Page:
Ask a nutrition student: espresso yourself

Stacey Arnold

  • I read somewhere that coffee causes cancer.  The number of all-nighters I have pulled with coffee as my only companion now has me worried about my future health. Should I be concerned?
  • — Cup of Joe

It is safe to assume that a “latte” of college students have depended on some sort of coffee beverage to fuel late nights of studying or to provide motivation to attend an 8 a.m. class. You will be pleased to find out that coffee brews some health benefits too.

At one point, an association between bladder cancer and coffee consumption was thought to exist. In 1991, the World Health Organization’s International Agency for Research on Cancer (IARC) labeled coffee “possibly carcinogenic to humans.”

Fortunately for students everywhere, this past June, IARC altered coffee’s status to “not classifiable as to its carcinogenicity to humans.” Basically, after scouring new research, scientists found that there wasn’t enough evidence to label coffee as cancer-causing.

While IARC may have revoked java’s status, very hot beverages — those above 149 degrees Fahrenheit — were given a carcinogenic warning. IARC found that the high temperatures of beverages probably cause cancer of the esophagus in humans.

Keep in mind that the National Coffee Association recommends brewing coffee between 195 and 205 degrees Fahrenheit for optimal extraction, so make sure you let your coffee cool off before drinking.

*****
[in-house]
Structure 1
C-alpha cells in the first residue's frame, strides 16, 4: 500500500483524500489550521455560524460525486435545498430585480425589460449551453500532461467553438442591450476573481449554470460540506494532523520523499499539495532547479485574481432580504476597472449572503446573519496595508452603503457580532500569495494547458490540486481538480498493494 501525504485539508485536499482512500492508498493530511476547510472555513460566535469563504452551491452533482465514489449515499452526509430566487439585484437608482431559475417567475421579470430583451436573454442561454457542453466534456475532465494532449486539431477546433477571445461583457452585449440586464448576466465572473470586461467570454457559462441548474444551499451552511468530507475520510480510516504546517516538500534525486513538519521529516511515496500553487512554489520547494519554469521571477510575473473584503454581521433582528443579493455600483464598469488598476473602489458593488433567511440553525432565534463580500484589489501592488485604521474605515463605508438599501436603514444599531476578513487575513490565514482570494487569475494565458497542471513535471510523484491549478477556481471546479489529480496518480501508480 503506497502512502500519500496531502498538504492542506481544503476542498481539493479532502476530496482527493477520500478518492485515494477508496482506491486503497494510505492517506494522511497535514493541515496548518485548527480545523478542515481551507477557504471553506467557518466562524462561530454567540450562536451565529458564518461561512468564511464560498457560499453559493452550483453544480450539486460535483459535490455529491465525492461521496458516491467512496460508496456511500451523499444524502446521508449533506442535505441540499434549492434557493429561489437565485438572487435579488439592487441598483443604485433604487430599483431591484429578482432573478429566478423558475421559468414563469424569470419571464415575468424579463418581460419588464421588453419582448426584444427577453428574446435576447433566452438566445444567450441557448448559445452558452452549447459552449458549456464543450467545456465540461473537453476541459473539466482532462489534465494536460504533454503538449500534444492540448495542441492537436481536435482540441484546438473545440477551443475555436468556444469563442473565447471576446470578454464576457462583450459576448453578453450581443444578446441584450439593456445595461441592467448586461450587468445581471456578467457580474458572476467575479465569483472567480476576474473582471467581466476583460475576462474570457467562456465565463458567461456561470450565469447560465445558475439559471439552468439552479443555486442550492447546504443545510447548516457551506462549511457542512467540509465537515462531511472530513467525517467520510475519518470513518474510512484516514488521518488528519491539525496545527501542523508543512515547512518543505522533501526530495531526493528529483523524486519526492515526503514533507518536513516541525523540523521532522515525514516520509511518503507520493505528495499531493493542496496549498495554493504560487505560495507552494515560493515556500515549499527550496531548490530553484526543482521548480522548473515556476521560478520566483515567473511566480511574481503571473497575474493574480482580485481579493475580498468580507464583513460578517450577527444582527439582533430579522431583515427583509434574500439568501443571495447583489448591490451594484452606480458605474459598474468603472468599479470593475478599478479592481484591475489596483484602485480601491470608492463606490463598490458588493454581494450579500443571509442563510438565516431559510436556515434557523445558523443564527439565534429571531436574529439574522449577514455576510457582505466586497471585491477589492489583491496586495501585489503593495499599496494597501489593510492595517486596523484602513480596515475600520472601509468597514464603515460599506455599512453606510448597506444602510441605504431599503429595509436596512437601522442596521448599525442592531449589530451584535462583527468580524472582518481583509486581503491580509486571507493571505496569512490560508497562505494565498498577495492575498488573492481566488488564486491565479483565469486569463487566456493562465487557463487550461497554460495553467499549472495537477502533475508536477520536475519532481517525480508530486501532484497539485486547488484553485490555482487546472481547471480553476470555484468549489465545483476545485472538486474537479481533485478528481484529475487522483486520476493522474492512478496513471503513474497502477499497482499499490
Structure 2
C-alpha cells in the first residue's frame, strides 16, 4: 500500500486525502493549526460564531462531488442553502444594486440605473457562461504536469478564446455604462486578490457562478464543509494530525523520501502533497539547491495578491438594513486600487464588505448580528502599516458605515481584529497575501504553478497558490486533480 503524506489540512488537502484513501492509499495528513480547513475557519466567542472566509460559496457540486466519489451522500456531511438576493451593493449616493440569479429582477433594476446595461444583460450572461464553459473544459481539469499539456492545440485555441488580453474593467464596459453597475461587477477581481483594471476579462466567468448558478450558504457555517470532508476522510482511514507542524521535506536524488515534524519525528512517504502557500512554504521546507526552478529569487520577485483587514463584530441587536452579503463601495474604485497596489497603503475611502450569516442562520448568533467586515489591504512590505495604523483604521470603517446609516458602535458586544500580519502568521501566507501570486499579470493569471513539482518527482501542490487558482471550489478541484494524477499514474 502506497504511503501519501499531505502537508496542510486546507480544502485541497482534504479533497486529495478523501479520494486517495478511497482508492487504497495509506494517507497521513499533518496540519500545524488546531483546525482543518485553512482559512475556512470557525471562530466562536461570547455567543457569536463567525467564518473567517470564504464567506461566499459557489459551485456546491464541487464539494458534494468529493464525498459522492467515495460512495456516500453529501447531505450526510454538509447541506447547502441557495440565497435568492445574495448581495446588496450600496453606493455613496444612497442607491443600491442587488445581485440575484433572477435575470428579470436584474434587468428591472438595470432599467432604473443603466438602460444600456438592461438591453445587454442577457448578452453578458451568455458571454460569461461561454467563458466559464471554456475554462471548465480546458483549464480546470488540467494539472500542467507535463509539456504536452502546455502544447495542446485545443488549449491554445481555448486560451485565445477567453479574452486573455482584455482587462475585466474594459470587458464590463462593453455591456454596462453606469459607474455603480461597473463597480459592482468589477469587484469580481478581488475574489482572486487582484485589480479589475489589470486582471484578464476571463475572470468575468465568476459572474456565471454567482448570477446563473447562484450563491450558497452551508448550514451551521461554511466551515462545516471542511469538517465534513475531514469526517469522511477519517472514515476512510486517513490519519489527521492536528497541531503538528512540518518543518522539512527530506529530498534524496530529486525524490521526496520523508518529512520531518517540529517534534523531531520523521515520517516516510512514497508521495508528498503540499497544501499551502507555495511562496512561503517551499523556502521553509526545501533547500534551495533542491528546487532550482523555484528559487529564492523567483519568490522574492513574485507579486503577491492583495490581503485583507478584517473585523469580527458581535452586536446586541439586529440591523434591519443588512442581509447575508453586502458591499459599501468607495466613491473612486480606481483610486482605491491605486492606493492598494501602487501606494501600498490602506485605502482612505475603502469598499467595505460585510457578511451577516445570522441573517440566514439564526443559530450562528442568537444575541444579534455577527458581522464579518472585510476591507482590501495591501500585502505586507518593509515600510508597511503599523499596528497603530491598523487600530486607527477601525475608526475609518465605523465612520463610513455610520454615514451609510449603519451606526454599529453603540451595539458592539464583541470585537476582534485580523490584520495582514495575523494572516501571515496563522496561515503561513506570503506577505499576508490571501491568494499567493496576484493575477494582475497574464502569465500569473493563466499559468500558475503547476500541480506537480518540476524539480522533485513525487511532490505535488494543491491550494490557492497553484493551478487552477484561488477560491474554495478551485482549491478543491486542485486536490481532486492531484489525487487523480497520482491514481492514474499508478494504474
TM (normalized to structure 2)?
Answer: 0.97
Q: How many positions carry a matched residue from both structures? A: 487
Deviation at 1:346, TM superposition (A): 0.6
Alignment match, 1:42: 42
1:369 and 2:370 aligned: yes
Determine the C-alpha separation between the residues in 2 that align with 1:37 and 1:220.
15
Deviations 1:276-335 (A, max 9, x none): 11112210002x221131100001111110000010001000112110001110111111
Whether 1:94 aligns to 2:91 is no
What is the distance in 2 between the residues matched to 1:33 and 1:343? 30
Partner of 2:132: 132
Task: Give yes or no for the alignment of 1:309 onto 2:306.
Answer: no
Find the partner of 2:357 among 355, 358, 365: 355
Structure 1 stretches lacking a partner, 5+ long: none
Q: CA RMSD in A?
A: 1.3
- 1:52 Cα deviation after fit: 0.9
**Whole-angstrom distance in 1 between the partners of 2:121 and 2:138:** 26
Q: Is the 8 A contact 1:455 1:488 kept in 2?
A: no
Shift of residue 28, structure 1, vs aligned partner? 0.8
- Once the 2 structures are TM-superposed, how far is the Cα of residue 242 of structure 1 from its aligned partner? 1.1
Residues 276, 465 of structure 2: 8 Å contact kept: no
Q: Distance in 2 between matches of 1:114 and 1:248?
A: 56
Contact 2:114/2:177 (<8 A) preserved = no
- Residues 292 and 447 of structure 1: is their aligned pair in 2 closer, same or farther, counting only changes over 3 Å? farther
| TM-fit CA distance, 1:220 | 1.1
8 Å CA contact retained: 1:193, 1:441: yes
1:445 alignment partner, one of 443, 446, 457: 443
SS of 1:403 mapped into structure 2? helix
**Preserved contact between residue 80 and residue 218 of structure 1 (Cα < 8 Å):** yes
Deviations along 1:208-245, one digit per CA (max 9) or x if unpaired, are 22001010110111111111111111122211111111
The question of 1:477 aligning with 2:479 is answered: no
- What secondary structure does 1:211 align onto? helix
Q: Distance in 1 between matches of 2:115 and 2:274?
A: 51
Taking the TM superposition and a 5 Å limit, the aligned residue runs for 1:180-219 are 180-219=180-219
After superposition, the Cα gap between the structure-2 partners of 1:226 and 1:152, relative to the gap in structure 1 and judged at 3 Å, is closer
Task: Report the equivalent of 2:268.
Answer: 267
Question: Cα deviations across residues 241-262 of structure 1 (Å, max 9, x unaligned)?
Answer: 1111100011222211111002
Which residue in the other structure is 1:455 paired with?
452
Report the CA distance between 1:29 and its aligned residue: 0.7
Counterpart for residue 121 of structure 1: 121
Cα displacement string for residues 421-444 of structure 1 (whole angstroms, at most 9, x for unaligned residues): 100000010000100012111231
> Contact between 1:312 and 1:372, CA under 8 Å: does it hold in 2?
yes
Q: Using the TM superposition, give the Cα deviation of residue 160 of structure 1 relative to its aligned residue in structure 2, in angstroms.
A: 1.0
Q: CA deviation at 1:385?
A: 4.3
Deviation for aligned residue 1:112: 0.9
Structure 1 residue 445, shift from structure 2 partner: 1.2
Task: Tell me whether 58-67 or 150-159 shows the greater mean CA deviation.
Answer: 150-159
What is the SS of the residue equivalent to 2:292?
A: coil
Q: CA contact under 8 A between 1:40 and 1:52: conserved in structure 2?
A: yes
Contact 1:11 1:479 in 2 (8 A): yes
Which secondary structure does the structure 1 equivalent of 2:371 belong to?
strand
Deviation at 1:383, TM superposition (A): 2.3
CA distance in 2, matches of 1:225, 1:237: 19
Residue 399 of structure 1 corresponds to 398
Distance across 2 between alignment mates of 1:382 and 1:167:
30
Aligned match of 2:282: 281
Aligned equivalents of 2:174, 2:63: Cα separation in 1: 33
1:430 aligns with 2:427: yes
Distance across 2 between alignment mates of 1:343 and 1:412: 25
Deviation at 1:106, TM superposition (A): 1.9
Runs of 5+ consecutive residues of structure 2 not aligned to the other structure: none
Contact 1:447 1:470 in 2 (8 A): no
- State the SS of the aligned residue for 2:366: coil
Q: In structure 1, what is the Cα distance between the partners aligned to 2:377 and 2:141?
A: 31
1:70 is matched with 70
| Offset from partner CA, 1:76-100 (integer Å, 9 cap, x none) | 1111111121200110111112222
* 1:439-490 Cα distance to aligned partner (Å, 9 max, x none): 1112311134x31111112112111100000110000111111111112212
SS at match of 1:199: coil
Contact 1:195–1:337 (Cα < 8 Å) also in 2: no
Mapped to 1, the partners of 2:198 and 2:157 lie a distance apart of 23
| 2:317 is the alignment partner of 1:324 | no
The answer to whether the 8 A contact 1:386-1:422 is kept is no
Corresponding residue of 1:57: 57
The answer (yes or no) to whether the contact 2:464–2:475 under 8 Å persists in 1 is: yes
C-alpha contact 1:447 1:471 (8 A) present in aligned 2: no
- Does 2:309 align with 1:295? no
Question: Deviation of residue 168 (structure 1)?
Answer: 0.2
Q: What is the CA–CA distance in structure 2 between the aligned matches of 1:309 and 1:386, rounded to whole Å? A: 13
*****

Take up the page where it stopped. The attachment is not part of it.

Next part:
Coffee isn’t just non-cancerous, it can also provide health benefits. According to the Harvard School of Public Health, drinking coffee may improve cognitive function, prevent type 2 diabetes and reduce the risk of colon cancer, liver disease and Parkinson’s disease.

Like green tea and dark chocolate, coffee is also rich in antioxidants. Antioxidants are natural compounds that remove damaging agents in the body, and can protect against heart disease and cancers. A 2005 study by University of Scranton scientists found that Americans get more antioxidants from coffee than anywhere else in their diet.

Like everything else, it’s best to consume coffee in moderation — limit yourself to three to five 8-ounce cups a day. People with high blood pressure, the elderly and pregnant or breast-feeding women should be mindful of their coffee intake. According to the Academy of Nutrition and Dietetics, high caffeine consumption can pose health risks to these populations.

A cup or two of black coffee can remain as a permanent pick-me-up in your diet. Don’t worry about the all-nighters — grab a light roast (they contain slightly more caffeine than dark) and start your study grind.